My father was a beautiful writer. Back in his late teens he won nation-wide essay-writing competitions. I don’t know whether they have such a thing these days, but back then I understand they were quite prized. But like most of us Dad’s writing skills were put on the back burner as the demands of raising a family and earning a living took over. He worked at two jobs whilst he was building up his legal practice and between the law and being a part time DJ in the evenings with local Geelong radio station 3GL, his writing stopped. For a man like my father, this would have been soul- destroying. He died too young for me to discuss it with him but, like many of his parts, this is one of them that I would have loved to learn more about.
My father is not alone. It seems that there is a writer in many of us, at whatever level of capability. Often writing is the only way we can show our true thoughts and explain what we are thinking rather than trying to verbalise it. We often read that there is an autobiography in all of us and each of us has our own unique story to tell. Like so many, I believe this, but procrastination has won out to date. But look out!
Now to the nub of this slightly protracted introduction. Writing. One of the beautiful gifts given to man and possibly one of its most underused. It seems that some of the greatest writing came from another era when man had “time”. But as we know, not only did time become a rarer commodity in my father’s years, it has become even harder to find in the 21st Century. Who tried to tell us that technology would free up our lives? It’s gone at an ever-increasing rate the other way. With every device we have available, together with all the information that comes with those devices, we have no time.
There is also the issue of “dumbing down”. The skillset that came with writing letters seems to have fallen away with the sending of Emails- instant and to the point. And as for the 140 character Tweets and Texting, a whole new language has evolved which shows a tendency towards kindergarten.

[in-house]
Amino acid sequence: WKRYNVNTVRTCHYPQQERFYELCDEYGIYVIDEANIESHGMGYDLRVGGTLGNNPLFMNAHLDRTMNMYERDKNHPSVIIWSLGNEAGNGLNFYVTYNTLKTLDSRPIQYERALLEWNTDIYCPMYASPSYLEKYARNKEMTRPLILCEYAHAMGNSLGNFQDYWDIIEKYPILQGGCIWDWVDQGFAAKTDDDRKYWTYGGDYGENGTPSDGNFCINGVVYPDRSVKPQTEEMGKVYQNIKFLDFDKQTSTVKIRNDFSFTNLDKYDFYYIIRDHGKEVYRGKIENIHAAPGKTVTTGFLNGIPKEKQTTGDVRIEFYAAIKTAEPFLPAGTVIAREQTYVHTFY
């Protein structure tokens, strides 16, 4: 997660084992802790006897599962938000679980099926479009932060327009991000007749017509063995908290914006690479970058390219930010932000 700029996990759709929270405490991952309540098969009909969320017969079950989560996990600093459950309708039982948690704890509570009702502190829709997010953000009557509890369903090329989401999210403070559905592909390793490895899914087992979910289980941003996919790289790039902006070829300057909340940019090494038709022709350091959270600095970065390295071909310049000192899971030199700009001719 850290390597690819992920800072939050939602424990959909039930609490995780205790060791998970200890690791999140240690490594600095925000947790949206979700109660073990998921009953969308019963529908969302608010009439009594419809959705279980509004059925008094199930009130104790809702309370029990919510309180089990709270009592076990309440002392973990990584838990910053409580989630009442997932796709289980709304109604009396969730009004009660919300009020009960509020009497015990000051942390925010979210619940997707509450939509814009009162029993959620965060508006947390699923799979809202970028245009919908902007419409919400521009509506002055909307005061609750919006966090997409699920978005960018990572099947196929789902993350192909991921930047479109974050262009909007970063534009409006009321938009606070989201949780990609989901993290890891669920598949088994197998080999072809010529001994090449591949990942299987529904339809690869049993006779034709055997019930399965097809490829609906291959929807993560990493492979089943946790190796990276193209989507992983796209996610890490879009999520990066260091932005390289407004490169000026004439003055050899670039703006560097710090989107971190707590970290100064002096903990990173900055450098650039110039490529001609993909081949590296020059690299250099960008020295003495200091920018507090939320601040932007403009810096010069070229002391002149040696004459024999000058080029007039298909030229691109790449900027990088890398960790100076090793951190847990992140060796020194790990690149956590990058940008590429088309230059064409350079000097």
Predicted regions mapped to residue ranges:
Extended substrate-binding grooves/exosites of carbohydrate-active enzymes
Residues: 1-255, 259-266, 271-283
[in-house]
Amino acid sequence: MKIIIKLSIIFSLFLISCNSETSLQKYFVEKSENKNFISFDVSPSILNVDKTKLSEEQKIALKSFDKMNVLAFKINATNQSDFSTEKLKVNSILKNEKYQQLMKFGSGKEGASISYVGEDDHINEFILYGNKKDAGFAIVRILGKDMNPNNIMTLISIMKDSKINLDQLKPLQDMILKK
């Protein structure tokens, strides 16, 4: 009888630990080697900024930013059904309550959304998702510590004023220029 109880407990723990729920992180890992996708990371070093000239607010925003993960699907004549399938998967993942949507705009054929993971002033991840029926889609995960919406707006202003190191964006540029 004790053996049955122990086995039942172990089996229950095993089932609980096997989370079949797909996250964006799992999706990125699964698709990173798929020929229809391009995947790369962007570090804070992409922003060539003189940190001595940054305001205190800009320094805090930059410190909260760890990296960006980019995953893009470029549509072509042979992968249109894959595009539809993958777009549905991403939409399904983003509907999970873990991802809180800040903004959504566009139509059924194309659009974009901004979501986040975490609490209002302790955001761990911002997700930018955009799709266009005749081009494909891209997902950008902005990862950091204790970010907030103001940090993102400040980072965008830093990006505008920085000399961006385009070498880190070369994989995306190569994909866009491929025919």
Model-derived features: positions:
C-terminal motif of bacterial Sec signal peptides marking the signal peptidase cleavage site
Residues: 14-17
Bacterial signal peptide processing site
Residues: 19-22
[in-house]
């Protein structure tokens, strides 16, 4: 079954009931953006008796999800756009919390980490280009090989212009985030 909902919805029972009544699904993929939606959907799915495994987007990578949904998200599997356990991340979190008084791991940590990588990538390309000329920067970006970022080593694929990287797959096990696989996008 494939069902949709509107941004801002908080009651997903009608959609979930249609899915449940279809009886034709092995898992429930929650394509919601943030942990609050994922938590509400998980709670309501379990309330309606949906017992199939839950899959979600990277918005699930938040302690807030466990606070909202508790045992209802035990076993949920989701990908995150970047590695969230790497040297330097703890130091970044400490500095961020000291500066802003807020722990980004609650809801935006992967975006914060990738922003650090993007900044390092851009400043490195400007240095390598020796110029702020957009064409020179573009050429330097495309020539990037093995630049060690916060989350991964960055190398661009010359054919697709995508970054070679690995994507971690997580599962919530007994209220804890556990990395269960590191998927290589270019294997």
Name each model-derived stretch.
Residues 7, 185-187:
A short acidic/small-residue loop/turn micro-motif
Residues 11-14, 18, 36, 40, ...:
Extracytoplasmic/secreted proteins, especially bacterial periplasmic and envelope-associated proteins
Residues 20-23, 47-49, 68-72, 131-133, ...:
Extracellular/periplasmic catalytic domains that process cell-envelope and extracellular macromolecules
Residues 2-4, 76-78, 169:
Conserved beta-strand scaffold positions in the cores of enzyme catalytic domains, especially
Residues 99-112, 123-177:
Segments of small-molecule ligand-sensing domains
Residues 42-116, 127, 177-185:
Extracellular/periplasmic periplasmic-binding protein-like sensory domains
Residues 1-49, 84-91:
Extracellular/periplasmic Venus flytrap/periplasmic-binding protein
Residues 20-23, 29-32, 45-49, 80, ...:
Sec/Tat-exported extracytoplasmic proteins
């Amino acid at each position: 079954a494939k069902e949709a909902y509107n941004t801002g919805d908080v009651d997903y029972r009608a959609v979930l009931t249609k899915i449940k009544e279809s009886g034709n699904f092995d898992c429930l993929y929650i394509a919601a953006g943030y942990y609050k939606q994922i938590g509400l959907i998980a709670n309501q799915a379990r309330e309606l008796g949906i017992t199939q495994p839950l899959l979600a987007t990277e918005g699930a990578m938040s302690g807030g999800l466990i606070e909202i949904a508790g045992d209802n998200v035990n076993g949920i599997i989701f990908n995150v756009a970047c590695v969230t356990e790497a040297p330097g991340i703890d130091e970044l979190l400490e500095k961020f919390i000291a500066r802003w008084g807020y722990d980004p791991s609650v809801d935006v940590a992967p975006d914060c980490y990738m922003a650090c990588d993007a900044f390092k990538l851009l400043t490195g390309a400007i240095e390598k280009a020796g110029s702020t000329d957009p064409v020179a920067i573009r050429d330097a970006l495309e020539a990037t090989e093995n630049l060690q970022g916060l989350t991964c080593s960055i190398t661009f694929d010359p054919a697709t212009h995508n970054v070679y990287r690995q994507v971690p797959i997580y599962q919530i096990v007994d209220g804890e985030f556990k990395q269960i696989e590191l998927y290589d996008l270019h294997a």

But perhaps we might be saved! People are expressing themselves through Blogging and reaching out for a market that never previously existed for them. This is no different to any author- they write both fictional and non fictional works so that their voice can be heard.
The more you read Blogs, the more you get amazed by the talent that people have. They just needed a vehicle to express it.
The release of the latest Footy Almanac 2012 is another example of people, just like you and me, finding their voice in the public domain. It is described as a book of fair dinkum, proper footy writing by fans, for fans. (hang in there non- footy lovers!!!).
The Almanac is a game-by-game account of every game of the season. Importantly, all the writers are unpaid amateurs who have a passion for writing and football. It’s full of fan-joy and fan-misery. I must declare that I have been a contributor over the past 3 years.
The only reason the Almanac “works” is because the writing is so good. It is original. It is real. Since releasing the first Almanac in 2007, the Almanackers Website has given hundreds of bloggers the chance to express their sports fanaticism on a regular basis. The Almanac is no longer about AFL football, it is more about life and sport. And even more than that, it is about people having the opportunity to express their feelings and emotions through beautifully crafted writing, and having an audience!
If you haven’t seen or heard about it, check it out The Footy Almanac 2012 on their website. You’ll be impressed: http://www.footyalmanac.com.au/almanac-shop/buy-an-almanac/
Disclaimer: Whilst I am a contributing writer to The Footy Almanac, I am not paid for my contribution to the publication – I do it for the love of writing and sport. Neither I, nor LifeAgain have been encouraged, paid or perked to write this post. We’re all about being 100% honest and transparent.